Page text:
Winter storm cancels flights, thousands of people are without power,

AUSTIN, Texas (AP) — A patch of ice, sleet, and snow gripped much of the southern U.S. Thursday as thousands of people in Texas endured freezing temperatures without power, including many in the state capital, Austin, warming trend was forecast.

Hundreds more flights were again cancel in Texas, although not as many as in previous days. But another wave of freezing weather is on the horizon for the U.S., with an Arctic cold front expect to move from Canada into the northern Plains and upper Midwest by Friday and sweep into the Northeast. ”The Front is expect to bring snow and wind chills as low as minus 50 (minus 45 Celsius) to northern New England, according to the National Weather Service.

More than 416,000 customers in Texas were without power early Thursday, according to a report by PowerOutage, a website tracking tool.

The outages were most widespread in Austin, where frustration grew among more than 150,000 customers more than 24 hours after they lost power and heat. For many, it was the second time in three years that February’s deep freeze cause extended blackouts and uncertainty about when the lights would come back on.

Unlike the 2021 outages in Texas, where hundreds of people died after the state’s grid was brought to the brink of total failure due to a lack of generation, the outages in Austin this time were Largely the result of frozen equipment and trees falling on power lines. City officials warned that all power not be restored by Friday as ice continues to cause new outages, even as repairs have been ”completed elsewhere.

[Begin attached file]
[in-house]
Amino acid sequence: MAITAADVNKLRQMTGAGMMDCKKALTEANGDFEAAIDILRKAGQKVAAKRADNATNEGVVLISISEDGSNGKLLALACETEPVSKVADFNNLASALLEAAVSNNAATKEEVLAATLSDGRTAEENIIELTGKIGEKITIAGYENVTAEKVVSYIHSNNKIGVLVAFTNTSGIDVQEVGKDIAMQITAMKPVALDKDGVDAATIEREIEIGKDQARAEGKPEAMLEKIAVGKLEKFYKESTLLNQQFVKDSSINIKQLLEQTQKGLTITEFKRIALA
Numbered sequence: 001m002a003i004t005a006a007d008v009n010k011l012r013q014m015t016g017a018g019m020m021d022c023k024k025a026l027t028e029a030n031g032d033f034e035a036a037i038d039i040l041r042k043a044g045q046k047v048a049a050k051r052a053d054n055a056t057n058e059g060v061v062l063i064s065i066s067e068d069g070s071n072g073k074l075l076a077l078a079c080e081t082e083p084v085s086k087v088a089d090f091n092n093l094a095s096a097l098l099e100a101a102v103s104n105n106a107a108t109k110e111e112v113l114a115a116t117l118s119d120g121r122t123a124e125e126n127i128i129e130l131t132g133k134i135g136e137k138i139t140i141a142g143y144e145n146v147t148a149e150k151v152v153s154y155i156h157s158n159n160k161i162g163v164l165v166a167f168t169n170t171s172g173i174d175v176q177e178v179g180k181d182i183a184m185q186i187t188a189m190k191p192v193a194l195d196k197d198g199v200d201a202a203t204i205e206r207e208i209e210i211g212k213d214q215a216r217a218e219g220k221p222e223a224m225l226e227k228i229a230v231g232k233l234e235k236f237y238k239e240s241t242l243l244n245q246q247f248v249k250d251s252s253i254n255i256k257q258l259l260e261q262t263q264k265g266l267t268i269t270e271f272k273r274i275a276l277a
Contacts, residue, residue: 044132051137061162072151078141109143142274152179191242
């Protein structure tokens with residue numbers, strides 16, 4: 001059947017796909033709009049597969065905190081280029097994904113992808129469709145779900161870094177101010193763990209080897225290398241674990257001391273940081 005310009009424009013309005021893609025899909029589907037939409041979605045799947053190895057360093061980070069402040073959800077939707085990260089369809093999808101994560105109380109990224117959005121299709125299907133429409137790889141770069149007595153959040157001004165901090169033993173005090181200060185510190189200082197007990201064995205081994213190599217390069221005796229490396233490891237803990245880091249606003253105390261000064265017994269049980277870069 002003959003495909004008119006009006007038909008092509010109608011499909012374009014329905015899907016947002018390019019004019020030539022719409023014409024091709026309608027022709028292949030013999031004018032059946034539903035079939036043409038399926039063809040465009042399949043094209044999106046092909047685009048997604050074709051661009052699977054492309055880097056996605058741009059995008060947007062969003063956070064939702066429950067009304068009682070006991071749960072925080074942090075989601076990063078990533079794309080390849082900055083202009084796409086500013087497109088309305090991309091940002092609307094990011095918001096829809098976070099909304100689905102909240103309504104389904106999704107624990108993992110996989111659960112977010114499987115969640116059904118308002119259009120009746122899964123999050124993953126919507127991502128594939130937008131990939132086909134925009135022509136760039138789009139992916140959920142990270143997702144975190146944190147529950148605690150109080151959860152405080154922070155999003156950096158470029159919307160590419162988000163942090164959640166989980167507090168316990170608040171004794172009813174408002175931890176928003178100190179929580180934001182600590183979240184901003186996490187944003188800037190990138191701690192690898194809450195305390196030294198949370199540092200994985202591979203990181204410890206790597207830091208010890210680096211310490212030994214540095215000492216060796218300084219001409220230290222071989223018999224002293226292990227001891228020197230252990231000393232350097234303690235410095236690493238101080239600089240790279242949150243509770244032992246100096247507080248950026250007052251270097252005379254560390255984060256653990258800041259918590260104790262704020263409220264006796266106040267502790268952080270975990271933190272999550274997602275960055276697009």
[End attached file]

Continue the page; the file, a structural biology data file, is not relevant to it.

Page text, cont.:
Dozens more flights were ”cancel Thursday at Dallas Love Field and Austin-Bergstrom International Airport.

Winter weather watches and warnings extended from the west Texas border with Mexico through Oklahoma, Arkansas, and Louisiana to western Tennessee and northern Mississippi. And at a briefing Thursday with the Federal Weather Service, New Englanders were warn that chills — the combined effect of wind and cold air on exposed skin — in the minus 50s “could be the coldest in decades.”

Strong winds and cold air will cause wind chills “rarely seen in northern and eastern Maine,” according to an advisory from the National Weather Service in Caribou, Maine.

Jay Broccolo, director of meteorological operations at the Mount Washington Observatory in New Hampshire, which for decades held the world record for the fastest wind gust, said Thursday that wind speeds could reach up to 100 mph.

“We take safety on the higher peaks seriously, and the forecast for this weekend looks pretty rough, even by our standards,” Broccolo said.

At least nine people have died since Monday due to treacherous road conditions, including seven in Texas and one each, in Oklahoma and Arkansas.

Miller reported from Oklahoma City. Associated Press Airlines writer Dave Koenig in Dallas and writers Kathy McCormack in Concord, N.H., and Jeff Martin in Atlanta contributed to this report. Additional AP weather coverage: